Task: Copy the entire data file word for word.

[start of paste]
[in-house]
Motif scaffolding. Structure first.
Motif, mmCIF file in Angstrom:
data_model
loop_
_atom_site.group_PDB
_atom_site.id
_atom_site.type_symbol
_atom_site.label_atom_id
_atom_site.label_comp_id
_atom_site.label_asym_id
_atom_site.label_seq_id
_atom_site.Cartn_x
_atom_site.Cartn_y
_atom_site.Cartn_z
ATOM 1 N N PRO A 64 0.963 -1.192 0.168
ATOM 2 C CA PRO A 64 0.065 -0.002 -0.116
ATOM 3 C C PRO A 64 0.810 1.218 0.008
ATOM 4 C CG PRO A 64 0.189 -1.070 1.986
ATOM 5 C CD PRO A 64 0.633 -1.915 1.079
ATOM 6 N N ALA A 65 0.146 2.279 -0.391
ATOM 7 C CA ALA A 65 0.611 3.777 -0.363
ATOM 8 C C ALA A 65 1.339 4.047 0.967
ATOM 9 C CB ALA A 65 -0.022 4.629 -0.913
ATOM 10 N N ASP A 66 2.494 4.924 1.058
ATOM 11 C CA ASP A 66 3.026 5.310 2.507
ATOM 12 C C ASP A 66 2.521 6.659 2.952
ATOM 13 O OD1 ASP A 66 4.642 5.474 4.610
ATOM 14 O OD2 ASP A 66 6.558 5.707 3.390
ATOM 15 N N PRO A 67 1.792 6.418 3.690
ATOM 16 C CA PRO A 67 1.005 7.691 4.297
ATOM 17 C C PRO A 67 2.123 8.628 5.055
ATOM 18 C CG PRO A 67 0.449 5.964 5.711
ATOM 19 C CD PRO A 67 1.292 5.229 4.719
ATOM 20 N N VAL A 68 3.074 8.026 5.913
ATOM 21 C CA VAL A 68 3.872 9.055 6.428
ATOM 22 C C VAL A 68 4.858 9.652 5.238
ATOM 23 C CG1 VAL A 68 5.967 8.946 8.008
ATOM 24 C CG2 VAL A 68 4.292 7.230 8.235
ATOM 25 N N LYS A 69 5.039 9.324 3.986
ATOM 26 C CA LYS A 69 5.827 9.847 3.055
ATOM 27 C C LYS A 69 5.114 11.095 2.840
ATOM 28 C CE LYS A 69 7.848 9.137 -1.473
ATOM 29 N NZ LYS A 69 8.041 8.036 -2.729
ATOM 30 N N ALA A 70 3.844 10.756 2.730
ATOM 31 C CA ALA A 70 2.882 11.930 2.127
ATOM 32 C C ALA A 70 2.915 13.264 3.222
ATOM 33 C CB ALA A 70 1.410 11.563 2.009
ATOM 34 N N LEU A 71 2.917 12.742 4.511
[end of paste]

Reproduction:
[in-house]
Motif scaffolding. Structure first.
Motif, mmCIF file in Angstrom:
data_model
loop_
_atom_site.group_PDB
_atom_site.id
_atom_site.type_symbol
_atom_site.label_atom_id
_atom_site.label_comp_id
_atom_site.label_asym_id
_atom_site.label_seq_id
_atom_site.Cartn_x
_atom_site.Cartn_y
_atom_site.Cartn_z
ATOM 1 N N PRO A 64 0.963 -1.192 0.168
ATOM 2 C CA PRO A 64 0.065 -0.002 -0.116
ATOM 3 C C PRO A 64 0.810 1.218 0.008
ATOM 4 C CG PRO A 64 0.189 -1.070 1.986
ATOM 5 C CD PRO A 64 0.633 -1.915 1.079
ATOM 6 N N ALA A 65 0.146 2.279 -0.391
ATOM 7 C CA ALA A 65 0.611 3.777 -0.363
ATOM 8 C C ALA A 65 1.339 4.047 0.967
ATOM 9 C CB ALA A 65 -0.022 4.629 -0.913
ATOM 10 N N ASP A 66 2.494 4.924 1.058
ATOM 11 C CA ASP A 66 3.026 5.310 2.507
ATOM 12 C C ASP A 66 2.521 6.659 2.952
ATOM 13 O OD1 ASP A 66 4.642 5.474 4.610
ATOM 14 O OD2 ASP A 66 6.558 5.707 3.390
ATOM 15 N N PRO A 67 1.792 6.418 3.690
ATOM 16 C CA PRO A 67 1.005 7.691 4.297
ATOM 17 C C PRO A 67 2.123 8.628 5.055
ATOM 18 C CG PRO A 67 0.449 5.964 5.711
ATOM 19 C CD PRO A 67 1.292 5.229 4.719
ATOM 20 N N VAL A 68 3.074 8.026 5.913
ATOM 21 C CA VAL A 68 3.872 9.055 6.428
ATOM 22 C C VAL A 68 4.858 9.652 5.238
ATOM 23 C CG1 VAL A 68 5.967 8.946 8.008
ATOM 24 C CG2 VAL A 68 4.292 7.230 8.235
ATOM 25 N N LYS A 69 5.039 9.324 3.986
ATOM 26 C CA LYS A 69 5.827 9.847 3.055
ATOM 27 C C LYS A 69 5.114 11.095 2.840
ATOM 28 C CE LYS A 69 7.848 9.137 -1.473
ATOM 29 N NZ LYS A 69 8.041 8.036 -2.729
ATOM 30 N N ALA A 70 3.844 10.756 2.730
ATOM 31 C CA ALA A 70 2.882 11.930 2.127
ATOM 32 C C ALA A 70 2.915 13.264 3.222
ATOM 33 C CB ALA A 70 1.410 11.563 2.009
ATOM 34 N N LEU A 71 2.917 12.742 4.511